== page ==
All right, enough with this "quitting" thing. No one quit on anyone.
The latest basketball executive to drop the all-powerful "Q word" was Raptors general manager Bryan Colangelo, who said in an interview with the Toronto radio station FAN 590 that Chris Bosh "checked out" at the end of his seventh and final season in a Raps uniform.
Bosh suffered a facial fracture in early April with the Raptors battling for the final spot in the Eastern Conference playoffs, and rather than come back and fight for his team's life, Bosh elected to sit out. Colangelo wasn't happy.
"I?m telling you he was cleared to play subject to tolerance on his part, and the tolerance just apparently wasn?t there and he chose not to play," Colangelo said.
Them's fighting words.
Bosh struck back, insisting that he's always played hard, and his final season with the Raptors was no exception.
"I play this game as hard as I can every time I step on the court," Bosh told the AP. "On the back of my jersey it says ?Bosh? ? The Boshes are hard workers. We have a lot of pride in what we do, in our jobs and in life."
Bosh isn't the first star who's had to defend himself. LeBron James caught similar heat after leaving Cleveland to join Bosh and Dwyane Wade and Miami; Cavaliers owner Dan Gilbert lashed out at the King in his infamous post-"Decision" letter, calling the Akron native "cowardly" and "heartless." LeBron wanted to celebrate his arrival in South Beach to join Pat Riley's newfound basketball empire; instead, he was put on the defensive.
It doesn't seem fair. Bosh and James worked hard for seven years to get to where they are — they're now two of the most respected players in the game. Their bodies of work on the court speak for themselves. And all that respect is put in jeopardy over the words of a couple of bitter executives?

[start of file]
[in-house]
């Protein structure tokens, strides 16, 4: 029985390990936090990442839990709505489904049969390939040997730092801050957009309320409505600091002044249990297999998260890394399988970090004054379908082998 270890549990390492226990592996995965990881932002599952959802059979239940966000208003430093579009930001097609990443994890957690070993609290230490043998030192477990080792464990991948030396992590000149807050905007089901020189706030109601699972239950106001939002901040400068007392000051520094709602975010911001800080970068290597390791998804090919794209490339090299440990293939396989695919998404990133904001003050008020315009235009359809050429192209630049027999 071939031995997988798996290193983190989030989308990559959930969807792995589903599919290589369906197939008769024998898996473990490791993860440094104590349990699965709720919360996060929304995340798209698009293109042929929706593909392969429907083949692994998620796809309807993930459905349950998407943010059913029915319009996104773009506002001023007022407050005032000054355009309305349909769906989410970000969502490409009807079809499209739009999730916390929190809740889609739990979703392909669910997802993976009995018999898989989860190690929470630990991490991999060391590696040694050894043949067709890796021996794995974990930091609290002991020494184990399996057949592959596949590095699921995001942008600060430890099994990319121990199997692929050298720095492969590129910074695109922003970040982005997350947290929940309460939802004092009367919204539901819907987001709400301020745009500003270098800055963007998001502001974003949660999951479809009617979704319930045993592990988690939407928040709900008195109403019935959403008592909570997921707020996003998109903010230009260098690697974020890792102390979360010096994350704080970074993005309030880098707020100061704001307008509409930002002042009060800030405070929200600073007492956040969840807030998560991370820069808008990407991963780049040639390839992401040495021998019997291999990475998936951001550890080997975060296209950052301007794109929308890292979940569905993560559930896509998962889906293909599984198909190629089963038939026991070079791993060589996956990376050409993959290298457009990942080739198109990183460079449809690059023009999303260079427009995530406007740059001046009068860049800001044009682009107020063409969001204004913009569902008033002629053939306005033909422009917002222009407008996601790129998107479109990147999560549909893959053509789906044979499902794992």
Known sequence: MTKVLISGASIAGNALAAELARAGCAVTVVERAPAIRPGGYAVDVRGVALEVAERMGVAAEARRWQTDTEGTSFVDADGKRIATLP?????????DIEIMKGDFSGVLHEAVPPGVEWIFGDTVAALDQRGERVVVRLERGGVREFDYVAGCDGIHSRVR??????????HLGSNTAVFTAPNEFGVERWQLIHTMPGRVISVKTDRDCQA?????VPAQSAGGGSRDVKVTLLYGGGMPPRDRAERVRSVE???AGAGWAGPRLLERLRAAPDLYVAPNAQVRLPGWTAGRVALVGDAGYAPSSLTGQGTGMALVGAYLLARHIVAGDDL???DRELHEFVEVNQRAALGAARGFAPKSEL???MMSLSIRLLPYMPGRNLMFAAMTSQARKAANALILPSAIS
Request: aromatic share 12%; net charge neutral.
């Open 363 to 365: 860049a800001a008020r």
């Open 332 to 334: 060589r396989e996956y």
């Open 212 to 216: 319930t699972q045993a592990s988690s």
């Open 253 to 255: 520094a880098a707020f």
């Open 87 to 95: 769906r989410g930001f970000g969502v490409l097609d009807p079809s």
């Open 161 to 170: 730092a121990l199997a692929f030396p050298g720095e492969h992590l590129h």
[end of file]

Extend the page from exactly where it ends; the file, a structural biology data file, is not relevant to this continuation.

Think about it. If the two guys were quitters, then how could they have earned the respect of their teammates and their peers in the NBA?
If they were quitters, then what made them qualified to earn matching $110 million contracts with their new team?
If they were quitters, then why were they so heavily sought after this summer — even by the very teams that were accusing them in the next breath?
That's the really crazy part. Gilbert spent the first week of the July free-agent signing period desperately trying to woo LeBron back to Cleveland. Colangelo tried the same with Bosh in Toronto, although in his case he knew it was probably a lost cause. And yet these same men turned their backs on their star players the minute they left, pretending their mutual respect never existed.
It's blatant revisionism, and yet here we are still talking about it. Colangelo and Gilbert have thrust themselves into the spotlight for petty, completely irrational reasons.
It's like a bitter ex-boyfriend or ex-girlfriend making a scene storming out. It's humiliating, and yet you just can't look away.
Eventually Colangelo and Gilbert will get over their lost loves and move on. Until then, the summer of sour grapes continues.